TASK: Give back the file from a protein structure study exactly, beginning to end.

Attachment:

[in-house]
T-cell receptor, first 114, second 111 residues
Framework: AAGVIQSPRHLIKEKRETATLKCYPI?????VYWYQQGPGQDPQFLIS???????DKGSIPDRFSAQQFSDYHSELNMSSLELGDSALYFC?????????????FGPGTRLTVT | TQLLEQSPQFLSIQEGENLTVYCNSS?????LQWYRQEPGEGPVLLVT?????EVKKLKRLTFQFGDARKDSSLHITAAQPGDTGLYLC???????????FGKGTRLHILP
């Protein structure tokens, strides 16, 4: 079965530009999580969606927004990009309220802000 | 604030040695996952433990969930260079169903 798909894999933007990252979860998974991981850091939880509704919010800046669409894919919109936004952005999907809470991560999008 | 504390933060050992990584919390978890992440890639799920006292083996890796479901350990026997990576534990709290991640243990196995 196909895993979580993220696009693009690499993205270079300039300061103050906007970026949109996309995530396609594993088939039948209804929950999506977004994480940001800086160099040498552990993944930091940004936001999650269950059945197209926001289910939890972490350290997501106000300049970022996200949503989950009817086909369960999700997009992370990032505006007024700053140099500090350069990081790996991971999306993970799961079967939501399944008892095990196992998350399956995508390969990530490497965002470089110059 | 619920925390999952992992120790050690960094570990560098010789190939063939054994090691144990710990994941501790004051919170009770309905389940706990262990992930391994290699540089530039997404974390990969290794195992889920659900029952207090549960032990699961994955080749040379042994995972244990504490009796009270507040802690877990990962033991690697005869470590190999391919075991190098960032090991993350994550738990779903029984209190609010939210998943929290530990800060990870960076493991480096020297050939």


[in-house]
T-cell receptor, first 114, second 111 residues
Framework: AAGVIQSPRHLIKEKRETATLKCYPI?????VYWYQQGPGQDPQFLIS???????DKGSIPDRFSAQQFSDYHSELNMSSLELGDSALYFC?????????????FGPGTRLTVT | TQLLEQSPQFLSIQEGENLTVYCNSS?????LQWYRQEPGEGPVLLVT?????EVKKLKRLTFQFGDARKDSSLHITAAQPGDTGLYLC???????????FGKGTRLHILP
């Protein structure tokens, strides 16, 4: 079965530009999580969606927004990009309220802000 | 604030040695996952433990969930260079169903 798909894999933007990252979860998974991981850091939880509704919010800046669409894919919109936004952005999907809470991560999008 | 504390933060050992990584919390978890992440890639799920006292083996890796479901350990026997990576534990709290991640243990196995 196909895993979580993220696009693009690499993205270079300039300061103050906007970026949109996309995530396609594993088939039948209804929950999506977004994480940001800086160099040498552990993944930091940004936001999650269950059945197209926001289910939890972490350290997501106000300049970022996200949503989950009817086909369960999700997009992370990032505006007024700053140099500090350069990081790996991971999306993970799961079967939501399944008892095990196992998350399956995508390969990530490497965002470089110059 | 619920925390999952992992120790050690960094570990560098010789190939063939054994090691144990710990994941501790004051919170009770309905389940706990262990992930391994290699540089530039997404974390990969290794195992889920659900029952207090549960032990699961994955080749040379042994995972244990504490009796009270507040802690877990990962033991690697005869470590190999391919075991190098960032090991993350994550738990779903029984209190609010939210998943929290530990800060990870960076493991480096020297050939």